Monday, November 23, 2009

Book Review: Wanna Study in the U.S. 101 Tips to get you there!

Guide to US-bound students
Wanna Study in the U.S.? 101 Tips to get you there! by Natasha Pratap; Rupa & Co, Price: Rs.395; 302 pp

According to recently published US student enrollment statistics, India has surpassed
China as the No.1 country of origin for foreign students in American universities. Last year (2000-09) the aggregate Indian student population enrolled in institutions of higher education (95,000) topped the Chinese total. With a large and growing number of Indian students hell-bent on pursuing at least a part of their education in the US, this aggregate number is expected to grow by 20-25 percent annually. But making it into the US of A for higher study is easier said than done. With half the third world’s population fleeing communism, socialism, dictatorship and plain socio-economic mismanagement, aspiring to enter this fabled land of opportunity, the US immigration and naturalisation service is working overtime to keep out the scrambling hordes – especially after 9/11. Unsurprisingly the admission process is tedious and difficult questions are raised about adequacy of funding. Visa procedures too have become complicated.

For the swelling number of hopefuls fleeing India’s dumbed down institutions of higher education, Natasha Pratap’s maiden book Wanna Study in the US? 101 Tips To Get You There! is a boon. This easy-to-read volume written in simple English is a comprehensive compendium of accurate information and useful guidelines to students and professionals on ways and means of accessing American universities and institutions of higher education. “There is so much to be gained from a US education, that I continue to be grateful for it every day. Studying in the US is about pushing your boundaries: academically, intellectually, geographically and emotionally. The best thing is fearlessness and confidence I developed from my own experience. Choose to study in the US because it is better. Go because you will be the better for it,” writes Pratap an alumna of the blue chip Cambridge (UK), Stanford and Boston universities.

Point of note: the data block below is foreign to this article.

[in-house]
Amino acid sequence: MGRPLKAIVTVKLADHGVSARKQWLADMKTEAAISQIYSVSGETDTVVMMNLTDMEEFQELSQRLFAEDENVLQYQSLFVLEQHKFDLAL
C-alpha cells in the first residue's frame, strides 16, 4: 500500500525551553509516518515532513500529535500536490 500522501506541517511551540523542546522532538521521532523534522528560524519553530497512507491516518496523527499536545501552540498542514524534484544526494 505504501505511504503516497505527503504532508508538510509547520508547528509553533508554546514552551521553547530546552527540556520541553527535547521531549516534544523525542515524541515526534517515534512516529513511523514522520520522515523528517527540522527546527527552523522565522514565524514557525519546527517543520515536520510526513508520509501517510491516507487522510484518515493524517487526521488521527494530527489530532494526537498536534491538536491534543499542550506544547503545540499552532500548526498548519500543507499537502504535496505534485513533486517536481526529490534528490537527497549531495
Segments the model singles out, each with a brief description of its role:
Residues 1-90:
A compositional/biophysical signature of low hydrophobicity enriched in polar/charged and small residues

The merits of this chatty and unapologetically how-to book apart, a striking achievement is that she has persuaded Mukesh Ambani, chairman & managing director of the telecom, textile, petroleum and IT behemoth, Reliance Industries Ltd to write the foreword. “All these years, information on studying in the US was limited to a privileged class of Indian students, by virtue of their advantaged school, teacher and peer group environments. This book would democratise this advantage to a much wider cross section of Indian students,” says Ambani, himself a Stanford alumnus.

Though the information, data and procedural guidelines provided in this deliberately casually titled book is by no means novel, the fact that it has been collated, sorted and compiled into a one-point, well-laid out compendium is its unique selling proposition. “When friends asked me questions on their applications or essays I realised that what seemed obvious to me was not to others. Book stores in Mumbai had little information on the application procedure, and even prospectuses of colleges say little. The internet is too vast and some information is misleading. Since I had experienced the system first hand I decided to write this book,” says Pratap explaining her motivation to write this valuable guide.